What would your first step be? Please post your thoughts here!

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  2. YES.
    You are totally, 100% right here. Especially that final point about rent control.
    Expats like us are here because it is relatively cheap (for us, compared to London), even with rising rents. I can see the effect we are having as landlords charge what the market will allow, but that's because they are permitted to do so, by the government.
    Of course, we'd like to pay lower rents, and minimise our impact on the poorer people that already live here. And as tax-paying contributors to our adopted city/state, we shouldn't feel like hypocrites for suggesting solutions like this.
    James, überlin

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  3. Thanks for your opinion James. I agree, we expats have just as much political responsibility towards our adopted homelands as the locals do. I also would like to see more of Berlin's newcomers taking a stand against the rising prices, rather than being passive victims/contributors in the process.

    I also wanted to add an edit to the article: according to Andreas, tourists amount to "20.000.000 potential supporters, not only 1 million". Thanks for correcting me Andreas:-)

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  4. You all make great points. It's so complicated though... One thing that complicates matters further is the attitude some native Germans have, only some of them, but enough to sour the atmosphere a little bit on this issue...

    For instance, here's a reply sent out to all applicants for a nice cheap 1-room flat in neukölln - I didn't even apply really, I'd just sent an email (auf deutsch, auch!) to ask for more info so was put on the cc list for the reply:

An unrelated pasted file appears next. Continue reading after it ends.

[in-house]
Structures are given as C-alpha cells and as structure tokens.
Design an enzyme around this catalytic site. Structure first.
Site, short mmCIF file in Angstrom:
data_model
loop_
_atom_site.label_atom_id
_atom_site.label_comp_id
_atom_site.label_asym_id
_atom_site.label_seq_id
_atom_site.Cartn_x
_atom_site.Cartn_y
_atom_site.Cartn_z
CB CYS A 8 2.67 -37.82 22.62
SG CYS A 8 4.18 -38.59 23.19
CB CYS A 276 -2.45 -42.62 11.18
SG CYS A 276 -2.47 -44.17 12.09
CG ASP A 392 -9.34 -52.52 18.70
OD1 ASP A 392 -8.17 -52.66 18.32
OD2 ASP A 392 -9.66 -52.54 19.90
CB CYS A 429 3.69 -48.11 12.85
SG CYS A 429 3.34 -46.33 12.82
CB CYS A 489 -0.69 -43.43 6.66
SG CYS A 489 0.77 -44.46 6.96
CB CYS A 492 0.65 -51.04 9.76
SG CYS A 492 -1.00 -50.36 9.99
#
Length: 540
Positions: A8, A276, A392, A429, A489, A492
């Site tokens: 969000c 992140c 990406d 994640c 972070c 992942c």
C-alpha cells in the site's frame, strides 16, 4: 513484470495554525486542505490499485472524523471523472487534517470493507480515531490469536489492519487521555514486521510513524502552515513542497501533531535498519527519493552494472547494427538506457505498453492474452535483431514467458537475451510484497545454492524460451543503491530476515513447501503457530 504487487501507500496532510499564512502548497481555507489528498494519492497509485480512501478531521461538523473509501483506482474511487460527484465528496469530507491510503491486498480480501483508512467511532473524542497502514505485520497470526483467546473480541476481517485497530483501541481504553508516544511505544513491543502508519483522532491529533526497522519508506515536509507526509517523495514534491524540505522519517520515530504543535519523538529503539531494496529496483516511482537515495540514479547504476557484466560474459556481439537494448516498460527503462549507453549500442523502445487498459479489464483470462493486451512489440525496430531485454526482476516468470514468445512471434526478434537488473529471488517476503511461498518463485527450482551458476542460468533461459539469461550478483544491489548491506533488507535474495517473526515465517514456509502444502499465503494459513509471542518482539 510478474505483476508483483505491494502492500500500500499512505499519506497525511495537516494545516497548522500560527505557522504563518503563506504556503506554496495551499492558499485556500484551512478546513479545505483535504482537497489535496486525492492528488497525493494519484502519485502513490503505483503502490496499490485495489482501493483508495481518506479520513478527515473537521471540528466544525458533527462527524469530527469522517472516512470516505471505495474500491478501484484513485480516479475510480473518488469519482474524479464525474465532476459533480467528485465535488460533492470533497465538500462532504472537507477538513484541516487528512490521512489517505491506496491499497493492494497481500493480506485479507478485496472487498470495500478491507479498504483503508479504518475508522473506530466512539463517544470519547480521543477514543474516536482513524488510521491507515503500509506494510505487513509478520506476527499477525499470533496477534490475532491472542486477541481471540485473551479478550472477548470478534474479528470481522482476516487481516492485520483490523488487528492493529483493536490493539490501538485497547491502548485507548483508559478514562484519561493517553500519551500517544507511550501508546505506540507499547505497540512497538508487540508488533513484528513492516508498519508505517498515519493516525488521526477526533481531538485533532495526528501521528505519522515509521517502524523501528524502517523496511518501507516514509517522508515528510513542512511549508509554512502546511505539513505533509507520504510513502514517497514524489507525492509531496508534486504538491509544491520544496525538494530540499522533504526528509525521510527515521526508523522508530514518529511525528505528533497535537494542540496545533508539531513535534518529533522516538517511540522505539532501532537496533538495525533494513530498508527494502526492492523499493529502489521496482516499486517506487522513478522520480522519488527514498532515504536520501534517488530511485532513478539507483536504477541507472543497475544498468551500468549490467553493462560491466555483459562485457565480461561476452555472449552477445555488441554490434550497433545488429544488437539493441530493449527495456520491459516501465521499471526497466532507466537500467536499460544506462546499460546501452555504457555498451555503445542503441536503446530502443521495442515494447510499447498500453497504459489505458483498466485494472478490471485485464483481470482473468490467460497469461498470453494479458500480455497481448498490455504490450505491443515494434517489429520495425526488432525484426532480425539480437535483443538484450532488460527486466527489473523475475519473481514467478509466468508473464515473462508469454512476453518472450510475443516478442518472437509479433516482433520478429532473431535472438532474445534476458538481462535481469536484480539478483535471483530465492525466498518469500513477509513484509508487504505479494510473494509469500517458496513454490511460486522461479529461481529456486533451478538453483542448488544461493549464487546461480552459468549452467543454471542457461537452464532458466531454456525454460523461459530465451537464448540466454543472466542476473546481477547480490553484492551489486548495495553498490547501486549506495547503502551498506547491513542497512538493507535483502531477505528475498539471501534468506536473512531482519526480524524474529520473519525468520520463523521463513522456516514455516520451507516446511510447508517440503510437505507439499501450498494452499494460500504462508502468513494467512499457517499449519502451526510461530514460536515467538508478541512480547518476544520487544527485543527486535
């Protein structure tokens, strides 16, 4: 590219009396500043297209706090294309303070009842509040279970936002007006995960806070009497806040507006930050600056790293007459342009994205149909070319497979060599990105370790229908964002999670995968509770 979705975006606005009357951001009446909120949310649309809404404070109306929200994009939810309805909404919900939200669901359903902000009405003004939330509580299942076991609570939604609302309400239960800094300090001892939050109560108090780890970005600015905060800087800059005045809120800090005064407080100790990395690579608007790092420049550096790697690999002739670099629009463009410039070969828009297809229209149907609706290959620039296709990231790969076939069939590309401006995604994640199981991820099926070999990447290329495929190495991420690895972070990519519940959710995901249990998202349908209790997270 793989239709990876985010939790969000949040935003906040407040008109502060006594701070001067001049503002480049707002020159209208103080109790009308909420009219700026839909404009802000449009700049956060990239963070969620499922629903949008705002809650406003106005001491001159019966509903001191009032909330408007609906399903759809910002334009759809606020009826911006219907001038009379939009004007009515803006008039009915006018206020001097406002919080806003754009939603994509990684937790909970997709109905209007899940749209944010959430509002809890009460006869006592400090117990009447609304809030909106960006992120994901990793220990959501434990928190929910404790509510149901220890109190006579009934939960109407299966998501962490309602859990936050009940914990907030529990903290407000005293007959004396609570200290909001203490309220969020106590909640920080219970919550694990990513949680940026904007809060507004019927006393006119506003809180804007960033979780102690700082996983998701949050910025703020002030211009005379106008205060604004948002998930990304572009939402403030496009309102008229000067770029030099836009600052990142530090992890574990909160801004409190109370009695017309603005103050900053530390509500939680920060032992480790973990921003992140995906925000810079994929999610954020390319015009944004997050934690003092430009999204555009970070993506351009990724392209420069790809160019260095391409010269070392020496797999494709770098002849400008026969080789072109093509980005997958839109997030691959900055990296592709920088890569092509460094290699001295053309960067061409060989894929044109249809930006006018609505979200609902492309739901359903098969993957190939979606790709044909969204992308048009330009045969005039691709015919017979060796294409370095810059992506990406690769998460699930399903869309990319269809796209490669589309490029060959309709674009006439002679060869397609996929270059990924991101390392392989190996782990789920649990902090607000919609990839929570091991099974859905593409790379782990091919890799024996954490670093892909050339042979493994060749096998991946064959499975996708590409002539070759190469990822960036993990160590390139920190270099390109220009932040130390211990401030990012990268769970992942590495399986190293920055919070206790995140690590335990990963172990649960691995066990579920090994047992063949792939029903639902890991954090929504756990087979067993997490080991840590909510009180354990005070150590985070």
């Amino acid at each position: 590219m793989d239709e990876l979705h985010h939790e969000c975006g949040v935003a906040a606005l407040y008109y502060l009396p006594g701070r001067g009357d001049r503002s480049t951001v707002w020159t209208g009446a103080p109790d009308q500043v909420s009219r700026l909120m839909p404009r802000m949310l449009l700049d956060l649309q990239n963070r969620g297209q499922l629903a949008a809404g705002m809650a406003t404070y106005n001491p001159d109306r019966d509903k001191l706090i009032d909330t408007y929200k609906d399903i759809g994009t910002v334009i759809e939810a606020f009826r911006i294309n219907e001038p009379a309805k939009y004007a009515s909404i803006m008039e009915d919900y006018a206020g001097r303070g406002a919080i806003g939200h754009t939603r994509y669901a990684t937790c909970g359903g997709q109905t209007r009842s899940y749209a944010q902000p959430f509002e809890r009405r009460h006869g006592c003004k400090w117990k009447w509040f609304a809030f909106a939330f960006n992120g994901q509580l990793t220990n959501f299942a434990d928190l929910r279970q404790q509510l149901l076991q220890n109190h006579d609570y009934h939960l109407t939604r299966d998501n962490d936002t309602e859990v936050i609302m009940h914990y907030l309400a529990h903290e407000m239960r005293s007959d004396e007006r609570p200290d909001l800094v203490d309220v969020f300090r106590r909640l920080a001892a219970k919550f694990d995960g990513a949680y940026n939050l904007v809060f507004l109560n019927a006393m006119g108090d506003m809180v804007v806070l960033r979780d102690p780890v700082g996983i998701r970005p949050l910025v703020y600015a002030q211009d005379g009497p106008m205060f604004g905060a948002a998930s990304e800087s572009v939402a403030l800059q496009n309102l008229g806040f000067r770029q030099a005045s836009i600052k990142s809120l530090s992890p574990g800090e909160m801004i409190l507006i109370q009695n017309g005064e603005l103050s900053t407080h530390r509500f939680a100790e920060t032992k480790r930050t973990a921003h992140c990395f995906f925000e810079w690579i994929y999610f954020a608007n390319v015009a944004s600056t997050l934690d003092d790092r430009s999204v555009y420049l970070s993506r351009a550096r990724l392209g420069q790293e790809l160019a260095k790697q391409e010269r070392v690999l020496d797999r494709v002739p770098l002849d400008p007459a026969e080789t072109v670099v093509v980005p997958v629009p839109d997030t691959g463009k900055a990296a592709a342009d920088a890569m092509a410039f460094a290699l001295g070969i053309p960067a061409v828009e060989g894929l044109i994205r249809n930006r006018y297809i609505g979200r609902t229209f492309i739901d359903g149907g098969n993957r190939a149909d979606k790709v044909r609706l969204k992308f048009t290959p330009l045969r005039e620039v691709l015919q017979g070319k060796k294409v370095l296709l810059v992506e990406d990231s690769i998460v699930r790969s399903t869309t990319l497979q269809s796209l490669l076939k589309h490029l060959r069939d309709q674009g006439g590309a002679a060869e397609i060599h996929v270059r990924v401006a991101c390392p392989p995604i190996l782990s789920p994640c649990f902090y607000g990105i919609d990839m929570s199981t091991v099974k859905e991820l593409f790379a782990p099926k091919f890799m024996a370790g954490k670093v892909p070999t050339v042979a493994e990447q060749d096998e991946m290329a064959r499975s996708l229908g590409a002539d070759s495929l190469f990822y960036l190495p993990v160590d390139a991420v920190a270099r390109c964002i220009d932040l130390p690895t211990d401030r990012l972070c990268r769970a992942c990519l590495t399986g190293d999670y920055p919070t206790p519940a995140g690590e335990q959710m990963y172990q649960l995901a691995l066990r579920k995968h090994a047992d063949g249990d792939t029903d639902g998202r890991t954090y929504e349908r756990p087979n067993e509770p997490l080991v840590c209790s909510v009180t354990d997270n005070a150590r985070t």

"Dear non-german-speaking-people,

    there are so many people interested that I don't think you have a real chance to get my appartement.
    Sorry and good luck somewhere else!

    (Et c'est étonnant de voir tous ces punaise de Français envahir notre cher Berlin! :-) Bonne chance à vous spécialement!)"

    - that last bit means something like: "(And it's astonishing to see all these French bugs invade our beloved Berlin :-) Good luck to you specifically!)"

    It's not the prevailing attitude luckily, but not an isolated instance either. It's the sort of thing I can sort of understand on the one hand, on the other... it is not something I can imagine anyone applying for a flat in London, New York, Paris, etc., or any other bigger or smaller city attracting people from all over the world, would ever get. Please tell me I'm wrong? :)

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  5. ps - I should add, the bit in English was at the beginning, the rest of the email was of course in German with all the detailed info about the flat, which makes sense as the ad was in German indeed. But that also made the nasty intro bit in English unnecessary really...